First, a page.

Why can’t one go to Jaffna to criticize the government?
Now look who’s dividing the country!
In a most curious turn of events the military which battled to defeat the LTTE because of its separatist agenda is now the agency that is dividing Sri Lanka into two distinct portions. Persons who wish to travel to the north to campaign against the government are stopped, harassed and busloads are turned back. I ask you who is de facto dividing the country. What is wrong, in law, with holding meetings to raise public awareness and increase anger against abductions, killings and rights violations? If one can do it in the Sinhalese south but not in the Tamil north, well who has set up a two-state formula? This is not war time when, arguably, there were public security constraints; this is now-now when the Rajapaksas’ are on the run.
Why is the New-JVP, harassed and blocked every step of the way to Jaffna, to join up with Tamils who share similar views, and to condemn the abduction of two of their members, Lalith Kumar Weeraraju and Kugan Muruganathan? These obstructions by the security establishment only raise further suspicions about who was behind the abductions. Where is the evidence that the law of the land was to be transgressed at a peaceful protest rally? No doubt the government and the security establishment would have been roundly condemned, and for me that’s just what makes the protest important in the public interest. It is only by raising our voices that we, the people, can salvage scraps of our eroding democracy. I am no member of the New-JVP, but I have not the slightest doubt that it is not just their freedom that is at stake, but my freedom too. That’s the reason I am making a fuss in this column today.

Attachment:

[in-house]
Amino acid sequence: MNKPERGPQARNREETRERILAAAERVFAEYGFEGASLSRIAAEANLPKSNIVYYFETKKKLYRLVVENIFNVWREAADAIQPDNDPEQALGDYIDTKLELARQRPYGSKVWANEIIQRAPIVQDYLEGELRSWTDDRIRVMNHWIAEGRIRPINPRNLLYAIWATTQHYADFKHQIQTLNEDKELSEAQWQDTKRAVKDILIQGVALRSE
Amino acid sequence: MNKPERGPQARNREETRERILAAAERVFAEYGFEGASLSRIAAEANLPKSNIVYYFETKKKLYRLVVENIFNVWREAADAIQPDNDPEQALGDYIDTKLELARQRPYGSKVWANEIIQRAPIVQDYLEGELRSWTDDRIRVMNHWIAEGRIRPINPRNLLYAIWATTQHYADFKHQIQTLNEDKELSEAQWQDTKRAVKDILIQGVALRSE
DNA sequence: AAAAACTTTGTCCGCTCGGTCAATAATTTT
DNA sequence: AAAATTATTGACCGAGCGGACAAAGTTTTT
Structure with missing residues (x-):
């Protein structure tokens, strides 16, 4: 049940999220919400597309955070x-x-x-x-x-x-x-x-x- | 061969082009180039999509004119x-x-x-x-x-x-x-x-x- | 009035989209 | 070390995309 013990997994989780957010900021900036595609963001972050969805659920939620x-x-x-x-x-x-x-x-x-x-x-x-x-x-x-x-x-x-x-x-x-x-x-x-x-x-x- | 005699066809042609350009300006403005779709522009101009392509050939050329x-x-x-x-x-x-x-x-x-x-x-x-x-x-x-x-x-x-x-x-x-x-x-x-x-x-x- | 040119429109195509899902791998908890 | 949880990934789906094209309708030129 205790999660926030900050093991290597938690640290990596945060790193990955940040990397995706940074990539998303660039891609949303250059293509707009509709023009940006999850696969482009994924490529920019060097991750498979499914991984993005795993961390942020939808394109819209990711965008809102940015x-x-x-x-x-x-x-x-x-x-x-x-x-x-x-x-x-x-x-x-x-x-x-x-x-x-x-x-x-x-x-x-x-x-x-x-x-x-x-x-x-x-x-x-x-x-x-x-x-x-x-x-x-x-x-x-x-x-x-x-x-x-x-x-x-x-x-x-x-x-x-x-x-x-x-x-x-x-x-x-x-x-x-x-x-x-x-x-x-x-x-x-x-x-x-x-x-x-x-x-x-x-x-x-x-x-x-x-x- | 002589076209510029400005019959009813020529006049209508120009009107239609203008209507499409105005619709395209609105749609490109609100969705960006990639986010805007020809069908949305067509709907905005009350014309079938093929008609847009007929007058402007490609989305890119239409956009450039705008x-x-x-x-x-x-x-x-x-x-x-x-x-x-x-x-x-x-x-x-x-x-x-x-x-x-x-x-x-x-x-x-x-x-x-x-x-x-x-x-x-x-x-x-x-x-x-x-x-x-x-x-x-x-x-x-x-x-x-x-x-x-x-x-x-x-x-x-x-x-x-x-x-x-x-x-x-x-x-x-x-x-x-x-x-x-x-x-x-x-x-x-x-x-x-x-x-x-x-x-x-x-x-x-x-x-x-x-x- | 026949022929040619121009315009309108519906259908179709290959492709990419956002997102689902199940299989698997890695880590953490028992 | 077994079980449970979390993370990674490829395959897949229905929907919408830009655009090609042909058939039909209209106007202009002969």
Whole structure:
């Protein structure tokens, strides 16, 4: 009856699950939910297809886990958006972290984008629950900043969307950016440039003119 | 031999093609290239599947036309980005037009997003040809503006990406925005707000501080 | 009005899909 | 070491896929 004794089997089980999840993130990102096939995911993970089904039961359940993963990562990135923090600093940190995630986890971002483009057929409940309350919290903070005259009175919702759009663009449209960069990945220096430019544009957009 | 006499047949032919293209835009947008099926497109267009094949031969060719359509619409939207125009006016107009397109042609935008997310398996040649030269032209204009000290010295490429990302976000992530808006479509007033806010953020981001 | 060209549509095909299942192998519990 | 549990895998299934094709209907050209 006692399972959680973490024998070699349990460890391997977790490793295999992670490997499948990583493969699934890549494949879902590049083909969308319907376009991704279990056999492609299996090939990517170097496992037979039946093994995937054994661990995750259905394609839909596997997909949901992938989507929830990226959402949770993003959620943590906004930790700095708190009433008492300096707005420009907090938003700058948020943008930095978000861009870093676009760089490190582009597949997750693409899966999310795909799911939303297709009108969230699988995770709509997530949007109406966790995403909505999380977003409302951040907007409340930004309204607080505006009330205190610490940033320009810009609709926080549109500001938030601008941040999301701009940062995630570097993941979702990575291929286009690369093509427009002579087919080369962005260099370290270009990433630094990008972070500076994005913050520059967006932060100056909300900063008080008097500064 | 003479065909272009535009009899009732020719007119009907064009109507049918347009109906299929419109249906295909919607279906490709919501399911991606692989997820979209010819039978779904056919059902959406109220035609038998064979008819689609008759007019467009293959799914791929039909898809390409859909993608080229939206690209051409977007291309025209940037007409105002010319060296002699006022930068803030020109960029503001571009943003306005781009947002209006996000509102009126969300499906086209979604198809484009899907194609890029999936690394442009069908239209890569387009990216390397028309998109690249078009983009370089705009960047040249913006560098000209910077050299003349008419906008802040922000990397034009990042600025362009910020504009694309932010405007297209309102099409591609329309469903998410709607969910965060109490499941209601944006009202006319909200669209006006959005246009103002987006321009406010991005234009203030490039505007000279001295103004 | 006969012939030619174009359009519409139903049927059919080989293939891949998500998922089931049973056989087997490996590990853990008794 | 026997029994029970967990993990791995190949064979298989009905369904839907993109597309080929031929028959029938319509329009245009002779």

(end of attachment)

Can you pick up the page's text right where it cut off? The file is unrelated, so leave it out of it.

Terrorism, the New-JVP and
I am delighted that radical Tamil youth – I hope some of them are also coming over to left conceptual positions – and a strong Sinhalese leftist youth movement are merging. The three antique left leaders are falling over each other to polish Mahinda’s sandals, the Bahu and Siritunga parties are still on the small side; therefore the emergence of a large Sinhala-Tamil left party, based on young people, is most welcome. At the same time we need to be cautious, it’s too early to predict if this movement will prosper in size and whether it will develop sound political positions worthy of support. Maybe I am clutching at straws in my old age, but I am inclined to be cautiously optimistic.
There are two vital matters this movement, if it emerges as a sizable force, must pay careful attention to. The first is the question of terrorism. The JVP’s terrorism of 1971 and 1989-91 has not been forgotten and LTTE terrorism against both Tamil and Sinhala victims is fresh in people’s minds. The LLRC was shameless; it whitewashed the military’s atrocities, but it did expose LTTE atrocities, so one has been reminded of half the truth. My point is that with the New-JVP and some ex-LTTE cadres coming together, there is apprehension in the public mind of a return to the bad old days. The most urgent task facing this movement, because of this past, and because of its, albeit desirable, youthful Sinhala-Tamil composition, is to dispel these doubts.